What is implicit bias?

Implicit bias is a major pathway through which privilege is enacted. Using the definition from Ohio State’s Kirwan Institute: “implicit bias refers to the attitudes or stereotypes that affect our understanding, actions, and decisions in an unconscious manner.  These biases, which encompass both favorable and unfavorable assessments, are activated involuntarily and without an individual’s awareness or intentional control.  Residing deep in the subconscious, these biases are different from known biases that individuals may choose to conceal for the purposes of social and/or political correctness.  Rather, implicit biases are not accessible through introspection.”

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The One-Stop Shop for Academic Jargon Definitions

Tenure. Postdoc. Service. ABD. There are so many terms that we use in academia that beginning grad students don’t understand, and may be embarrassed to ask about. First generation college students in particular – I feel your pain! I am a first generation college student, and I had no idea what a lot of these terms meant when I went to graduate school. I somehow learned them along the way, largely informally, but the purpose of this post is to help you learn a lot of academic jargon. It is a very long post, but this is primarily aimed at new grad students, and it would be worth many new grad students’ time to read it at least once.

A few notes on this post:

  1. First, there are exceptions to almost every definition in this post. Feel free to leave a comment with some additional definitions of each term.
  2. Second, this post is really long, because every time I wrote a definition, I realized I was using jargon in the definition, which resulted in another definition.
  3. This list is not exhaustive, because there are idiosyncratic terms within every discipline and university. It is just intended as a (thorough) starting point for new graduate students.
photo credit: barnimages.com Dictionary page via photopin (license)

photo credit: barnimages.com Dictionary page via photopin (license)

How to Search This List

The definitions in this post are not in alphabetical order, but rather in the order that definitions came up as I was defining terms, or are roughly grouped according to area of academic life (i.e. grad student, tenure track). Thus, if you are looking for a specific definition, the easiest way to find it is to search the page for that word using CTRL+F.

Definitions

Funding – a global term that most often refers to the money and/or tuition waiver a student receives for working for the university. In some graduate programs, all students are “funded” and in others, some students are “funded” and in still others none are and all students are paying for their degrees out of pocket, or themselves, most likely with student loans. Funding can be competitive in some graduate programs whereby only the best students receive funding. For faculty, funding can refer to money garnered for research. Thus, a funded faculty member may have money from a federal agency such at the National Science Foundation that they use to pay for their research.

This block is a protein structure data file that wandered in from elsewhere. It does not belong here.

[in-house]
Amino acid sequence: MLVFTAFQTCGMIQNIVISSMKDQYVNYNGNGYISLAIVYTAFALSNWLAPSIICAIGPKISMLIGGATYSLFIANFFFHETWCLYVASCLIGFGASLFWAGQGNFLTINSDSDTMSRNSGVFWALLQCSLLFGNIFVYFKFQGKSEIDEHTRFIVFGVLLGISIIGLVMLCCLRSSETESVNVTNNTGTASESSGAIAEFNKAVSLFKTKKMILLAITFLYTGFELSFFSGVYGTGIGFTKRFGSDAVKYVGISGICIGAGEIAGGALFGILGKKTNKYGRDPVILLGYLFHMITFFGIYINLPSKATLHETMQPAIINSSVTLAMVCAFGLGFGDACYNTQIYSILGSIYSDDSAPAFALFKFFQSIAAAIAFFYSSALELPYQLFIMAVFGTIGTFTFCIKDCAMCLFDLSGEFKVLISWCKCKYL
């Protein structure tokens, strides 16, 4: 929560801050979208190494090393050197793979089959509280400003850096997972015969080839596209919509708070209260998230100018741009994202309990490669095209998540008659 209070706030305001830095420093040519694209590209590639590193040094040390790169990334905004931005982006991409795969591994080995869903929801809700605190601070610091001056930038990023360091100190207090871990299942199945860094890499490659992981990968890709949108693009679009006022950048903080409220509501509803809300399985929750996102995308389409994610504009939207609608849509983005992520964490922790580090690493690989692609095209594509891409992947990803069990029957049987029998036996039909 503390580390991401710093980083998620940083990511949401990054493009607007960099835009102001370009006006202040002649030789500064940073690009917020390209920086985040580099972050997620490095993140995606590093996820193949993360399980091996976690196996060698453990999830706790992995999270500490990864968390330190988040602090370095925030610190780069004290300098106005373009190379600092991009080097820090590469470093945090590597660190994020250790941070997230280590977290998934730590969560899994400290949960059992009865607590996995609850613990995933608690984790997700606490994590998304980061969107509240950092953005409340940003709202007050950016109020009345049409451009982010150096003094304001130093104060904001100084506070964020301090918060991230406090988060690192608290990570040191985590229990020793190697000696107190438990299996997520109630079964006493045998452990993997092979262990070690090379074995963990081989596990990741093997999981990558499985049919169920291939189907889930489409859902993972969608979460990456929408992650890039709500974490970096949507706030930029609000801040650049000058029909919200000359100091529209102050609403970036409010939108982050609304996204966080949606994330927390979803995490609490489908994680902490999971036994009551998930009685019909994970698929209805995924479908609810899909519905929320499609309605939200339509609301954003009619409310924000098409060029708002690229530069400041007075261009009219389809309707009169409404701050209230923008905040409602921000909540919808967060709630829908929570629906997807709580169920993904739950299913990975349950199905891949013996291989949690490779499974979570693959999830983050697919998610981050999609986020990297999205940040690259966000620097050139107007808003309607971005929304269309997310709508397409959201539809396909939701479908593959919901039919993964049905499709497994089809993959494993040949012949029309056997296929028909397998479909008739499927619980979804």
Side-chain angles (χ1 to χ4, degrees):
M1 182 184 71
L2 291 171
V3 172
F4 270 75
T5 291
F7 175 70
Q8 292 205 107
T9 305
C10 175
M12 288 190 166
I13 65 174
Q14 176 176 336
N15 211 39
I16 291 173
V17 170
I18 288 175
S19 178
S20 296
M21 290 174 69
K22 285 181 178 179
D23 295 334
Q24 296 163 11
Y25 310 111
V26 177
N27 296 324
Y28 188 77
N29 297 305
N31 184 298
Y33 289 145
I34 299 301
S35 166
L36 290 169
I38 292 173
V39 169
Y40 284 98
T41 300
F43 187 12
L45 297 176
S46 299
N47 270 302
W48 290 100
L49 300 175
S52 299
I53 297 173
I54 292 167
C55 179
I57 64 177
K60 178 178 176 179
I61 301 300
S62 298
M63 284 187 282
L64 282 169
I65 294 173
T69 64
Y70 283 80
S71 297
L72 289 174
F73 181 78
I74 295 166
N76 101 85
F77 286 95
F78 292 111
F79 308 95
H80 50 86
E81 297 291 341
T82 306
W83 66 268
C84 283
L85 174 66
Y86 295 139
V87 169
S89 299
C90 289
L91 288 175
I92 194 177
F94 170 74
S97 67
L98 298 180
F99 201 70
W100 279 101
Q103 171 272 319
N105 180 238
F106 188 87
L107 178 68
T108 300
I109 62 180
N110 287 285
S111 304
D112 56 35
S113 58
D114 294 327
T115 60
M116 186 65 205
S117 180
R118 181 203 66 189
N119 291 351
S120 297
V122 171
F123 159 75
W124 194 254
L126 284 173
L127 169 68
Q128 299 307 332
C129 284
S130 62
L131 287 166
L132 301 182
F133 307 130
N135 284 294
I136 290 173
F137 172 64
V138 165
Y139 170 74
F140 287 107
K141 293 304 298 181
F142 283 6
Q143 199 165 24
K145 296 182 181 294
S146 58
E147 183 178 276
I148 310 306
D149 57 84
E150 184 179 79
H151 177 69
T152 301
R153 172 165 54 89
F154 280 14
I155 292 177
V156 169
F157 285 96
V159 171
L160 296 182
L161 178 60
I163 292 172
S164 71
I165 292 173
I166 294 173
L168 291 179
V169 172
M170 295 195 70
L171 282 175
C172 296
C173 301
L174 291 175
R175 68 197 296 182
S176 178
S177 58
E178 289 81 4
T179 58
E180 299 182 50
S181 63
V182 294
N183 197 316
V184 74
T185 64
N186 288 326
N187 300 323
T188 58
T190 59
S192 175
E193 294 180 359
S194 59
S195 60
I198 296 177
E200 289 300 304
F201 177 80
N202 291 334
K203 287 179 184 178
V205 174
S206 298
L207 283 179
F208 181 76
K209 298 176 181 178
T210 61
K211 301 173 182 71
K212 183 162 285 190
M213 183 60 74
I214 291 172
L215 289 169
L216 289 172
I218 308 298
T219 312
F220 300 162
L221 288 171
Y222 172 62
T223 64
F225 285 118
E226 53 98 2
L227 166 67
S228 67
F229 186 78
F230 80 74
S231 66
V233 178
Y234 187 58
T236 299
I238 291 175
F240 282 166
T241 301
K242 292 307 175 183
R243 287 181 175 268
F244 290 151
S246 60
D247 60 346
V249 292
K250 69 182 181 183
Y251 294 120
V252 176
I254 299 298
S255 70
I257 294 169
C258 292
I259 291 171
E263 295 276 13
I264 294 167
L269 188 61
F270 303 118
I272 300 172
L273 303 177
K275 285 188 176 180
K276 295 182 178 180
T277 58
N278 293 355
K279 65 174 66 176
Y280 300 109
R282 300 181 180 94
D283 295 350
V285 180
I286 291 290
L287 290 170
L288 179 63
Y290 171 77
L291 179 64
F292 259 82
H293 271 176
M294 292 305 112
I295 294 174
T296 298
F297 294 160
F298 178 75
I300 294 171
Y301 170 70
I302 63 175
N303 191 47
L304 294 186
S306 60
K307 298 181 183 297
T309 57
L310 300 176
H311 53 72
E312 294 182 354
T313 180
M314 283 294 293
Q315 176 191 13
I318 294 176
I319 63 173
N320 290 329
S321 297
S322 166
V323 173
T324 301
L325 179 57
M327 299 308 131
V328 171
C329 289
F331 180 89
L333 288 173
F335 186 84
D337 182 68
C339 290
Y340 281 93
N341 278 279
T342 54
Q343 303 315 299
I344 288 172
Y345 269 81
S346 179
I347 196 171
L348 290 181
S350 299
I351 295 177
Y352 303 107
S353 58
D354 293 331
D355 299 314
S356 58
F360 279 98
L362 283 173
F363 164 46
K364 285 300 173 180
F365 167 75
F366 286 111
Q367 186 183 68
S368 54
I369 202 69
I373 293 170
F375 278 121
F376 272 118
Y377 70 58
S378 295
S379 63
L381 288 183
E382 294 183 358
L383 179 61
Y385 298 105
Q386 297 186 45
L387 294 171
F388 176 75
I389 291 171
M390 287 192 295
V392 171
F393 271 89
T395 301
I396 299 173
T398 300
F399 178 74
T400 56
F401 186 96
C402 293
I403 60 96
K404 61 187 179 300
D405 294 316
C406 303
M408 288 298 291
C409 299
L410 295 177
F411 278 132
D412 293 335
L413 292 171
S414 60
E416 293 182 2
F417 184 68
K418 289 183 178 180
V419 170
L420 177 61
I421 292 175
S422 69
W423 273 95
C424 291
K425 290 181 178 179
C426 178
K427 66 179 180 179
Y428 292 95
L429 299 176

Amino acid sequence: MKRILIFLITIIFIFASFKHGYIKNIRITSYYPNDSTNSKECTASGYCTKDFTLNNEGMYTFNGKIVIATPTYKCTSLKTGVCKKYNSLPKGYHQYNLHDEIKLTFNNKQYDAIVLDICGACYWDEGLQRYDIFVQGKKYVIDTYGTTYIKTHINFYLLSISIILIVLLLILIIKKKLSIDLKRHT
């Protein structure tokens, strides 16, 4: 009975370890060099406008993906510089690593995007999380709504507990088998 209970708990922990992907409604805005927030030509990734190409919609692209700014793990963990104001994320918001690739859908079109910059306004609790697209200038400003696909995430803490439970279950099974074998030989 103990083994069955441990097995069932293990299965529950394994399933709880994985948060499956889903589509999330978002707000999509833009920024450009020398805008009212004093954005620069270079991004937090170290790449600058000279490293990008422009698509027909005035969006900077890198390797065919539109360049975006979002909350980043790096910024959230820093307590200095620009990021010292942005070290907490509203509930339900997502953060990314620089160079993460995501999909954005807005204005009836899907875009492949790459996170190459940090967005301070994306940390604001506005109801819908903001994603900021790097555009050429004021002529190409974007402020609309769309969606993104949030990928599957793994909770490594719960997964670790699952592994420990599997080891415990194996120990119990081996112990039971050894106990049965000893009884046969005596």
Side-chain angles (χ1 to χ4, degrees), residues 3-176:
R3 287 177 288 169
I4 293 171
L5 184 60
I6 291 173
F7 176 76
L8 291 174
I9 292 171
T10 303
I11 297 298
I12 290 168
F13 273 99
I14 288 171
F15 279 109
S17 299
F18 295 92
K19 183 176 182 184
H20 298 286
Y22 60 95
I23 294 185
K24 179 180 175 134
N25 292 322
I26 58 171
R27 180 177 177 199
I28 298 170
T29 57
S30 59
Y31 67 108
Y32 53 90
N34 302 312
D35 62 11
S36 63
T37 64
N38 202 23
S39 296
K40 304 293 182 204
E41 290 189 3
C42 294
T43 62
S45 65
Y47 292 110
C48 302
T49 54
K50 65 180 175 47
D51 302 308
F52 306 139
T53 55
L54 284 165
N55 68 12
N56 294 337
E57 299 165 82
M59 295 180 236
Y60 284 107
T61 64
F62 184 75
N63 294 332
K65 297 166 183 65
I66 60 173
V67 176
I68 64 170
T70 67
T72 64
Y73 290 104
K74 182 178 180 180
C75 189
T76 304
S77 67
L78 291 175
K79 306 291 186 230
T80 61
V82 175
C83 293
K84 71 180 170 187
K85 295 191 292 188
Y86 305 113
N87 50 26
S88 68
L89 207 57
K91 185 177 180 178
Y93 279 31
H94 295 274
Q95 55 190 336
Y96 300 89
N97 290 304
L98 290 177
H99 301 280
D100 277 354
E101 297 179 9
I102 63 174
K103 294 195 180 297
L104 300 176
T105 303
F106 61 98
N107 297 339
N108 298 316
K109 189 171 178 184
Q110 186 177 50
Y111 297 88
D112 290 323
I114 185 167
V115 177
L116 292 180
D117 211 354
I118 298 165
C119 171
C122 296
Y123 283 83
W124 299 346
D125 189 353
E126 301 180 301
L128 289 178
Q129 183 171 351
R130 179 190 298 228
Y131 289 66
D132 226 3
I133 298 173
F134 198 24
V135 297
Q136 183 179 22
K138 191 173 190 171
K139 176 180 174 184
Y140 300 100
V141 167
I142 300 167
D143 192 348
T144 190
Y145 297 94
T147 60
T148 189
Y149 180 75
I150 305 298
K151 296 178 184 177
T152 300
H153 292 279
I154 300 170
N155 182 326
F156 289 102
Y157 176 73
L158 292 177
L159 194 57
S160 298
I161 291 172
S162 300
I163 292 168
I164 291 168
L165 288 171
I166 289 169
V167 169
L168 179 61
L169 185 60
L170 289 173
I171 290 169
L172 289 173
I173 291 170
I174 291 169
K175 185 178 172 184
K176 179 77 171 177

Summer funding – summer funding means that you are getting paid over the summer, usually from a fellowship, research associateship, or teaching associateship.

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A Publishing Primer

One irritating thing about starting anything new, whether it is grad school or a job, is all of the jargon that no one seems to like to explain. So, in this post I  explain what publications are, and the publication process.

What Academics Mean When They Talk About Publications

A publication generally refers to a piece of writing that is published in a journal or in a book. Popular press (i.e. magazine, newspaper) and blog pieces generally do not count as “publications.”

It would be cool if we could get credit for publishing in these journals. photo credit: Moleskines mostly. via photopin (license)

It would be cool if we could get credit for publishing in these journals.
photo credit: Moleskines mostly. via photopin (license)

All Publications Are Not Created Equally

There are several different types of publications, and they are not all equally respected. And, further, the respect that each gets varies across disciplines. If you are in psychology, journal articles are generally most highly respected. If you are in some subdisciplines of sociology, books are most highly respected.

Journal Articles

Journal articles in peer-reviewed journals are held in highest esteem, and the more the journal the article is published in gets cited, the higher the esteem of the journal, in general.

Peer review means that the paper was reviewed by other scholars in the field, most likely professors or advanced graduate students, and the author had to respond to the reviews to get published.

Editor reviewed means that the paper was reviewed by the editor only, and the author only had to respond to editorial comments to get published.

There are also journals where authors can pay to have their papers published, and this are usually regarded as the lowest quality.

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Advice on Being Advised